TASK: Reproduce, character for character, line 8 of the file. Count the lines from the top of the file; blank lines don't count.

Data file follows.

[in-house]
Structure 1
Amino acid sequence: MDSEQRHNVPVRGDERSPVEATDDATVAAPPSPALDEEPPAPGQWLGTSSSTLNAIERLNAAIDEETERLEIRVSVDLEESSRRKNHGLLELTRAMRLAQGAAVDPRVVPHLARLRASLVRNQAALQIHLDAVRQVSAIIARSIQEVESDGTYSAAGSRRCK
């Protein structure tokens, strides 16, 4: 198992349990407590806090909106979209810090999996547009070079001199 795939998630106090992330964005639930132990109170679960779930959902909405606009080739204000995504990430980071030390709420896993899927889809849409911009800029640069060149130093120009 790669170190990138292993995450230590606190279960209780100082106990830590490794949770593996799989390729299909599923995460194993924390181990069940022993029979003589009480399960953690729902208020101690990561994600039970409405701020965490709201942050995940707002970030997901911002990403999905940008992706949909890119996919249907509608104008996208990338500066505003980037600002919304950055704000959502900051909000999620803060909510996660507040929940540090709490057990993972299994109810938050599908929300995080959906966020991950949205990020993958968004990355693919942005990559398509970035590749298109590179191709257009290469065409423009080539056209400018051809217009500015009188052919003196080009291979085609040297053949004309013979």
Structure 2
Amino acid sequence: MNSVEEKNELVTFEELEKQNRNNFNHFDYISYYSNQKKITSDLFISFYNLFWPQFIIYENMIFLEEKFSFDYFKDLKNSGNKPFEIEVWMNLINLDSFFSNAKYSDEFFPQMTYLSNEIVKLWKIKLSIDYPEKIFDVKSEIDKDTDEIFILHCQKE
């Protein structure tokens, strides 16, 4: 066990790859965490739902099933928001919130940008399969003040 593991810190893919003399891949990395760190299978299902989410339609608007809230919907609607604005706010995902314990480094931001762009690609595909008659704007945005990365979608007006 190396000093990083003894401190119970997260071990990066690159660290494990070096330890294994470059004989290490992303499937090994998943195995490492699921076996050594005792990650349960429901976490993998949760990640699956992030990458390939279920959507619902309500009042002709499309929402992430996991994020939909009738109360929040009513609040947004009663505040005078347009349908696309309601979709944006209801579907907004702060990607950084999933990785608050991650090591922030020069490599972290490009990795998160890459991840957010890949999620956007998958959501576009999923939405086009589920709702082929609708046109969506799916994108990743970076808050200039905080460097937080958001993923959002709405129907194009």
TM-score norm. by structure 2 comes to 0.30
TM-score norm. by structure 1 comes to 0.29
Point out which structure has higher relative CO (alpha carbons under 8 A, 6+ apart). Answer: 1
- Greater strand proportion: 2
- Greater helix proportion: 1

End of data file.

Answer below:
TM-score norm. by structure 2 comes to 0.30